The lockdown’s impact on the environment

In the midst of this crisis, one could have been forgiven for thinking that the climate emergency could be set aside for a while longer. In fact, the early phases of the economic shutdown coincided with a short window of climate-optimism, where the air of our cities was breathable, the skies were once again blue, and pictures of Venice’s unusually transparent waters were almost presenting us with the possibility that a different, more eco-sustainable, future was within grasp.

The lockdown of cities, regions or entire countries has led to a sudden drop in greenhouse gas emissions and a consequent unprecedented sudden improvement in air quality, as also documented by NASA (2020) and images by the European Space Agency’s (ESA) ( Watts and Kommenda 2020). This has been certainly a welcome if unintended consequence, but it is clear that these effects lack any structural character. There are both opportunities and risks that arise from these radical carbon footprint-shrinking measures, and policy responses need to balance short-term actions with longer-term objectives.

On the positive side, even short-term air quality improvements in lockdown regions and a subsequent drop in global CO2 emissions are undoubtedly an encouraging phenomenon. For example, the German think tank Agora Energiewende (2020) estimates, that due to  This means that in 2020 Germany could reach an average reduction of emissions by 42% instead of the earlier expected 37% when compared to 1990 and thus meet its climate policy target. But could this lead to an unwarranted degree of optimism, or even to societal complacency?


The benefits won’t last forever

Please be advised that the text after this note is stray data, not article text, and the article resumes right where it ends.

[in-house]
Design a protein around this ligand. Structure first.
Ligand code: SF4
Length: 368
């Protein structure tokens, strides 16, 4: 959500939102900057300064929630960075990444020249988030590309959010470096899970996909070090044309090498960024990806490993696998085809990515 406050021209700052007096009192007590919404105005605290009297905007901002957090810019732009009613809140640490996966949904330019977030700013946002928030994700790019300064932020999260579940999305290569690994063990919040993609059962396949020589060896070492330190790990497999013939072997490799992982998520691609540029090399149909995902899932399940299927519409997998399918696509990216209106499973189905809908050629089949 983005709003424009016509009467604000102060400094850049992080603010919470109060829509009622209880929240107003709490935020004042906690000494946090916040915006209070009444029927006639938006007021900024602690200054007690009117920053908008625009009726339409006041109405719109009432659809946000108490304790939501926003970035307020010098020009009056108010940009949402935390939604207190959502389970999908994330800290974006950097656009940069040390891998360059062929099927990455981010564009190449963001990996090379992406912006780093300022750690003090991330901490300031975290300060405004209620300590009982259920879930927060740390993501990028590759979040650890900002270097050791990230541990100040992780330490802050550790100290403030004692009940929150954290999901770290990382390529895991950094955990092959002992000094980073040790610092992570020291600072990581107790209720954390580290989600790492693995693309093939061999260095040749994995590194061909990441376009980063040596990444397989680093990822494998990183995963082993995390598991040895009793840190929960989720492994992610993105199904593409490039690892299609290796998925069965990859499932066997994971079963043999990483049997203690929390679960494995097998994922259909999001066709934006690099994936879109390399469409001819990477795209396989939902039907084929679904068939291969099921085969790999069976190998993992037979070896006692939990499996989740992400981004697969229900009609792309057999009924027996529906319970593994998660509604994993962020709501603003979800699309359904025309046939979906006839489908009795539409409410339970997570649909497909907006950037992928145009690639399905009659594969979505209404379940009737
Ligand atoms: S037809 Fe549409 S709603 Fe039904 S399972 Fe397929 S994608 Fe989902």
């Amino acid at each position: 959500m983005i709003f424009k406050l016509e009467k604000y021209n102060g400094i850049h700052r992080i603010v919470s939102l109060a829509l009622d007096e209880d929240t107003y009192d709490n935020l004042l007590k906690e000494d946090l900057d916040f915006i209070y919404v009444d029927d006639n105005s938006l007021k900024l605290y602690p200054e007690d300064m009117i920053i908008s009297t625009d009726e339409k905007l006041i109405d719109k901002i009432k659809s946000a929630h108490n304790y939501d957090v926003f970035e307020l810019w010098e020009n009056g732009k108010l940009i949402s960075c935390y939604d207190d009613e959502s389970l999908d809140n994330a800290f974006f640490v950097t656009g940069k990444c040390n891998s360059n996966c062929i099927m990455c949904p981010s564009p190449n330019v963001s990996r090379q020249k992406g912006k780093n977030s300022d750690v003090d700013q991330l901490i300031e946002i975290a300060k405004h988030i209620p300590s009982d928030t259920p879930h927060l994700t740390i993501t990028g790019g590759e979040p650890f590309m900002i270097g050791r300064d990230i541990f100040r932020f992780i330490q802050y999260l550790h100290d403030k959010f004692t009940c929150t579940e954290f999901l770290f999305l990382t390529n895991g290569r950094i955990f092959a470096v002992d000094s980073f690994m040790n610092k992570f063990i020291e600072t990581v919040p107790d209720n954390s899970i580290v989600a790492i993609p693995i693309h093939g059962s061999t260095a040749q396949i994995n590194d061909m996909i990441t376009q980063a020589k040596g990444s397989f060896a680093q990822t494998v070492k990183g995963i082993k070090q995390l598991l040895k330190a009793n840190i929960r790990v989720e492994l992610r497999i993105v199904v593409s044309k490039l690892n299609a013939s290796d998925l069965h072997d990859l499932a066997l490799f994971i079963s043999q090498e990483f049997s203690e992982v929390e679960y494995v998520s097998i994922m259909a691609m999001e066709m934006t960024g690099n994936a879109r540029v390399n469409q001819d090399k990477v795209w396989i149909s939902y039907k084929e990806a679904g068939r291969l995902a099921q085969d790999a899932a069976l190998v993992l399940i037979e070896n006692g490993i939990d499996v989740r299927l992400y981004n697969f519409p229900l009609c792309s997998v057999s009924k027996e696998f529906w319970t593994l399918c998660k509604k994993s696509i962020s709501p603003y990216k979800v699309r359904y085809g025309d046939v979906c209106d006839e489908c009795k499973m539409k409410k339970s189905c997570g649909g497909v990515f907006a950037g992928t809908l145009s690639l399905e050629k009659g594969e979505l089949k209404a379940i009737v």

This optimism was however short-lived and, with hindsight, clearly misplaced. As economies began to reopen in the late summer months, our roads became progressively busier,  factories and businesses started planning ahead with the view of resuming their old production and distribution processes, and a people's changing attitudes towards public transport – now viewed with suspicion as a possible locus of viral contagion - suggest that our days ahead may not necessarily be any greener.

Rebound effects can reverse any of the positive environmental effects or make things even worse for the longer-term, just as we saw at the time of the 2009 crisis. While with a 0.1% drop of global GDP during the 2009 financial crisis, global CO2 emissions fell by 1.2%, this was followed by a 5% rebound the following year (Peters et al 2012).

At the same time, empirical evidence indicates that despite the impact of the effects of the coronavirus crisis a new global peak in atmospheric carbon dioxide levels was actually reached in May 2020. Measurements by the Mauna Loa observatory in the US showed that the concentration of CO2 in the atmosphere reached 417.2 parts per million in May 2020, 2.4ppm higher than the peak of 414.8ppm in 2019.  . The effects of the lockdown could only slow down the increase of global CO2 concentration, but not stop it or even mask it (Harvey 2020).

And it is now clear that 2020 is also going to be the first or second hottest year on record, as global data of the first seven months of the year indicate (Scientific American 2020).